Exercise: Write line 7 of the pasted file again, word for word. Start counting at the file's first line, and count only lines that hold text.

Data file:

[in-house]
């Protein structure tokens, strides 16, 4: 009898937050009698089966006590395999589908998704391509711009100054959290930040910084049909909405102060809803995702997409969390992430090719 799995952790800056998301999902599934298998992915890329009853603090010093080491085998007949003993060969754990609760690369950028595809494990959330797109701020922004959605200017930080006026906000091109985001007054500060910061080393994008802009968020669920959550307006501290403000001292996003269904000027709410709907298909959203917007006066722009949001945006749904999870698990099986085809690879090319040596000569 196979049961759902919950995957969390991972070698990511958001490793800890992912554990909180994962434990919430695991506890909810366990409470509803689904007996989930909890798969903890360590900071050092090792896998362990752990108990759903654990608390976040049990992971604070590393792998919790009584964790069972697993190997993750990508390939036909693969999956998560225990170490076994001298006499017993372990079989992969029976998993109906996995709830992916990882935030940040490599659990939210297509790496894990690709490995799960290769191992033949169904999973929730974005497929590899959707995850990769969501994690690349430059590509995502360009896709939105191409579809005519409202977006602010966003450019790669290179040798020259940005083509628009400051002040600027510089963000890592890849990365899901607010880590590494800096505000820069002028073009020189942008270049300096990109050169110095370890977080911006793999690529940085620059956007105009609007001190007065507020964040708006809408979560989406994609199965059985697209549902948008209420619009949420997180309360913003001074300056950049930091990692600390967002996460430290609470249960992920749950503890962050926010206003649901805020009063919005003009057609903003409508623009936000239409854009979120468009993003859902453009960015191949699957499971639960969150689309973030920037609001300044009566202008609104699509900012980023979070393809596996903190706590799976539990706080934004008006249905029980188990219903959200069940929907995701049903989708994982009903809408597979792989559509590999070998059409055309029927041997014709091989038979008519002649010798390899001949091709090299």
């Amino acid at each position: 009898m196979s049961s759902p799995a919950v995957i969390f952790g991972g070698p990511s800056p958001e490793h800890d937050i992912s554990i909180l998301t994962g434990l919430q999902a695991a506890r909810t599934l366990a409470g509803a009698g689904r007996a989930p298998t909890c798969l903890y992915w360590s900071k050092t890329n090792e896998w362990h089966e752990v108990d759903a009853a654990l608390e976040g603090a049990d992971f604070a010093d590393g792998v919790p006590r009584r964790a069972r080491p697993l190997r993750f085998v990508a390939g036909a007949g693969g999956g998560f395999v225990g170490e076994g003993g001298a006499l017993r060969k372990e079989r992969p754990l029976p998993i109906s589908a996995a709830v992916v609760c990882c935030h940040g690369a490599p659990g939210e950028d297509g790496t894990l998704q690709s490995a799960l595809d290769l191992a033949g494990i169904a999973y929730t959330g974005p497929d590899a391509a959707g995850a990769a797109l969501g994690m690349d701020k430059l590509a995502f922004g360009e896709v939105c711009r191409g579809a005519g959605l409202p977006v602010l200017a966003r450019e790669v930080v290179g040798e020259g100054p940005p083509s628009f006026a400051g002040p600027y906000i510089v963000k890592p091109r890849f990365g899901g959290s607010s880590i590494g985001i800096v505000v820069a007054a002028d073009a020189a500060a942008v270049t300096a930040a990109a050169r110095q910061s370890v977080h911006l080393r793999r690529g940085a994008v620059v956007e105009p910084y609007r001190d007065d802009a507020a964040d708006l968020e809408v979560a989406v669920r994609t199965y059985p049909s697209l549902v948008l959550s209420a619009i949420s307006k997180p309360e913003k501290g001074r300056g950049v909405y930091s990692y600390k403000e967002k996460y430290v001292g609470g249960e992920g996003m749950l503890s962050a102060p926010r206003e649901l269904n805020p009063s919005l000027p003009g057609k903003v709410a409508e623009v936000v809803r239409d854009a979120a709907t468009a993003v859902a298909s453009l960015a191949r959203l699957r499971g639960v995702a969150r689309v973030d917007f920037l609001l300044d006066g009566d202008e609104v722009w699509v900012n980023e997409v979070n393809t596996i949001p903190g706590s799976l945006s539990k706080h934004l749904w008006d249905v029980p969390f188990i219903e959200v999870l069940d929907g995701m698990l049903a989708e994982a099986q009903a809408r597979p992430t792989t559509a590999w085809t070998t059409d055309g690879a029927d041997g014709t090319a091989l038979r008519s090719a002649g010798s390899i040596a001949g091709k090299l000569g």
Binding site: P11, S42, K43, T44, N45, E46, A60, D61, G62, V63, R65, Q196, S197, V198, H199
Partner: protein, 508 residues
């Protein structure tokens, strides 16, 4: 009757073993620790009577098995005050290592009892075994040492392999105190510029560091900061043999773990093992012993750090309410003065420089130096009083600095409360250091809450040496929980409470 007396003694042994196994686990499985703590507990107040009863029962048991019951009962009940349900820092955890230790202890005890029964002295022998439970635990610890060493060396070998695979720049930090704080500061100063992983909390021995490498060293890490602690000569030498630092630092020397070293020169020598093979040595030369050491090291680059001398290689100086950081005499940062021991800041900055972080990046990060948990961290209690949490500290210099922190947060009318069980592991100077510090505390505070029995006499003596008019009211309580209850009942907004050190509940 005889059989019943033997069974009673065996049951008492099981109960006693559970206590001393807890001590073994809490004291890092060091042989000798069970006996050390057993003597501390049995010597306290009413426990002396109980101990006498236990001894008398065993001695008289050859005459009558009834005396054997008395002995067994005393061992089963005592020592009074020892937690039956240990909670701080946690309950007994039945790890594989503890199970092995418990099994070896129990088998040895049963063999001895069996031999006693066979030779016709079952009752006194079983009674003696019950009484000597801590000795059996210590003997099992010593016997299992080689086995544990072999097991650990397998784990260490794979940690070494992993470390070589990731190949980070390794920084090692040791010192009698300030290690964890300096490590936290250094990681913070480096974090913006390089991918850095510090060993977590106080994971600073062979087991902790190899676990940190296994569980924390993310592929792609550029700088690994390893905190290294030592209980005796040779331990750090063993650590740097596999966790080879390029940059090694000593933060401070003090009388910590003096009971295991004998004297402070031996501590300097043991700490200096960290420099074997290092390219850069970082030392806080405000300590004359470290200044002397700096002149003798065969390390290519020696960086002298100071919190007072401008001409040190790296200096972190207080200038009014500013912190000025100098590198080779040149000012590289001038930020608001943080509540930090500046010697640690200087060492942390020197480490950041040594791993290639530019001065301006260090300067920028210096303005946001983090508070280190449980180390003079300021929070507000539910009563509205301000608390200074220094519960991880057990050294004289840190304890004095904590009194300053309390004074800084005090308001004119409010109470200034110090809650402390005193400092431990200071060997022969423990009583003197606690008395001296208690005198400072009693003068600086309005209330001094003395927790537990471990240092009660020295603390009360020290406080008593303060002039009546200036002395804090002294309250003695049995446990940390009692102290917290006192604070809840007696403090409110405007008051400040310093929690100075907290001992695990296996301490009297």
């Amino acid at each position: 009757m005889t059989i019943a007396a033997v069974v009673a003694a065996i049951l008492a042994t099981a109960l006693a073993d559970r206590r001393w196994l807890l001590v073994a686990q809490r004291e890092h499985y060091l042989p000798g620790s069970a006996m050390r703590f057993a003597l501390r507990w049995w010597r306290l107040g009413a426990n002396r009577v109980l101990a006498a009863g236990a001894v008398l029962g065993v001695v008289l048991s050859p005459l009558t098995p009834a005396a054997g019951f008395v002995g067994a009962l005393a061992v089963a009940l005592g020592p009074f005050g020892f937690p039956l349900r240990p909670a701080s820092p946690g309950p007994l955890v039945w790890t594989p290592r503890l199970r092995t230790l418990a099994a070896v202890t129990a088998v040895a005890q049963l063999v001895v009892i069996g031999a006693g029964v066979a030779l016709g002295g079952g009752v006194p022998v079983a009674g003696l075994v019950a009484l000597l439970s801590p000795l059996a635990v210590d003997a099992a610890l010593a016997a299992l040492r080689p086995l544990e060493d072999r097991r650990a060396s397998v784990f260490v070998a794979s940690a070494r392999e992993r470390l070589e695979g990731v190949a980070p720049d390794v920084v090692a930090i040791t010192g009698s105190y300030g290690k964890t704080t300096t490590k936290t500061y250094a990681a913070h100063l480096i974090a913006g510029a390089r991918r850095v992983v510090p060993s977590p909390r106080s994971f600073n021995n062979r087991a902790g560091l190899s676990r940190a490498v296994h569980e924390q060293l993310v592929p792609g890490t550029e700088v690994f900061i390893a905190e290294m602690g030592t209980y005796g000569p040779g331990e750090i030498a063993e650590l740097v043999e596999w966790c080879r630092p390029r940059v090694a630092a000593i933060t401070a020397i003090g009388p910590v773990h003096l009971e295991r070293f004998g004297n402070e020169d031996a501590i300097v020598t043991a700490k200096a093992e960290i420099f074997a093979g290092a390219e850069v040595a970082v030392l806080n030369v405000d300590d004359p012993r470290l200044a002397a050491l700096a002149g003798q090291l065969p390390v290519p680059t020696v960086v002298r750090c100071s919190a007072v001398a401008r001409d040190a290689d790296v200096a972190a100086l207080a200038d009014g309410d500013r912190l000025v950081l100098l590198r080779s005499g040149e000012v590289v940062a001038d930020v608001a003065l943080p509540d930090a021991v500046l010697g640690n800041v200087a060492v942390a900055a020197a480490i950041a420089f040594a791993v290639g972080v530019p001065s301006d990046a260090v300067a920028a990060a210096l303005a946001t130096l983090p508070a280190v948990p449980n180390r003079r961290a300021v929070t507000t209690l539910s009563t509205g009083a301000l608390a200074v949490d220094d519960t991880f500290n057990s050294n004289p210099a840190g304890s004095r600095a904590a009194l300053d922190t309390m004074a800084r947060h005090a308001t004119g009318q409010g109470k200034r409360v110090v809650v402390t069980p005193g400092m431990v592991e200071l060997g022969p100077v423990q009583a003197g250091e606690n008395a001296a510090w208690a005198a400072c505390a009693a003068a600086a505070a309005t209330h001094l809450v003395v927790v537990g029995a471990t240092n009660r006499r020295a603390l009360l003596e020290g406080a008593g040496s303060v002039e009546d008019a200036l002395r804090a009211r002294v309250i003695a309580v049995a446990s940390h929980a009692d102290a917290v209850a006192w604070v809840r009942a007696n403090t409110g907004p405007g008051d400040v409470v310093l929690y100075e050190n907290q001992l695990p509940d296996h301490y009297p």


């Amino acid at each position: 009757m005889t059989i019943a007396a033997v069974v009673a003694a065996i049951l008492a042994t099981a109960l006693a073993d559970r206590r001393w196994l807890l001590v073994a686990q809490r004291e890092h499985y060091l042989p000798g620790s069970a006996m050390r703590f057993a003597l501390r507990w049995w010597r306290l107040g009413a426990n002396r009577v109980l101990a006498a009863g236990a001894v008398l029962g065993v001695v008289l048991s050859p005459l009558t098995p009834a005396a054997g019951f008395v002995g067994a009962l005393a061992v089963a009940l005592g020592p009074f005050g020892f937690p039956l349900r240990p909670a701080s820092p946690g309950p007994l955890v039945w790890t594989p290592r503890l199970r092995t230790l418990a099994a070896v202890t129990a088998v040895a005890q049963l063999v001895v009892i069996g031999a006693g029964v066979a030779l016709g002295g079952g009752v006194p022998v079983a009674g003696l075994v019950a009484l000597l439970s801590p000795l059996a635990v210590d003997a099992a610890l010593a016997a299992l040492r080689p086995l544990e060493d072999r097991r650990a060396s397998v784990f260490v070998a794979s940690a070494r392999e992993r470390l070589e695979g990731v190949a980070p720049d390794v920084v090692a930090i040791t010192g009698s105190y300030g290690k964890t704080t300096t490590k936290t500061y250094a990681a913070h100063l480096i974090a913006g510029a390089r991918r850095v992983v510090p060993s977590p909390r106080s994971f600073n021995n062979r087991a902790g560091l190899s676990r940190a490498v296994h569980e924390q060293l993310v592929p792609g890490t550029e700088v690994f900061i390893a905190e290294m602690g030592t209980y005796g000569p040779g331990e750090i030498a063993e650590l740097v043999e596999w966790c080879r630092p390029r940059v090694a630092a000593i933060t401070a020397i003090g009388p910590v773990h003096l009971e295991r070293f004998g004297n402070e020169d031996a501590i300097v020598t043991a700490k200096a093992e960290i420099f074997a093979g290092a390219e850069v040595a970082v030392l806080n030369v405000d300590d004359p012993r470290l200044a002397a050491l700096a002149g003798q090291l065969p390390v290519p680059t020696v960086v002298r750090c100071s919190a007072v001398a401008r001409d040190a290689d790296v200096a972190a100086l207080a200038d009014g309410d500013r912190l000025v950081l100098l590198r080779s005499g040149e000012v590289v940062a001038d930020v608001a003065l943080p509540d930090a021991v500046l010697g640690n800041v200087a060492v942390a900055a020197a480490i950041a420089f040594a791993v290639g972080v530019p001065s301006d990046a260090v300067a920028a990060a210096l303005a946001t130096l983090p508070a280190v948990p449980n180390r003079r961290a300021v929070t507000t209690l539910s009563t509205g009083a301000l608390a200074v949490d220094d519960t991880f500290n057990s050294n004289p210099a840190g304890s004095r600095a904590a009194l300053d922190t309390m004074a800084r947060h005090a308001t004119g009318q409010g109470k200034r409360v110090v809650v402390t069980p005193g400092m431990v592991e200071l060997g022969p100077v423990q009583a003197g250091e606690n008395a001296a510090w208690a005198a400072c505390a009693a003068a600086a505070a309005t209330h001094l809450v003395v927790v537990g029995a471990t240092n009660r006499r020295a603390l009360l003596e020290g406080a008593g040496s303060v002039e009546d008019a200036l002395r804090a009211r002294v309250i003695a309580v049995a446990s940390h929980a009692d102290a917290v209850a006192w604070v809840r009942a007696n403090t409110g907004p405007g008051d400040v409470v310093l929690y100075e050190n907290q001992l695990p509940d296996h301490y009297p």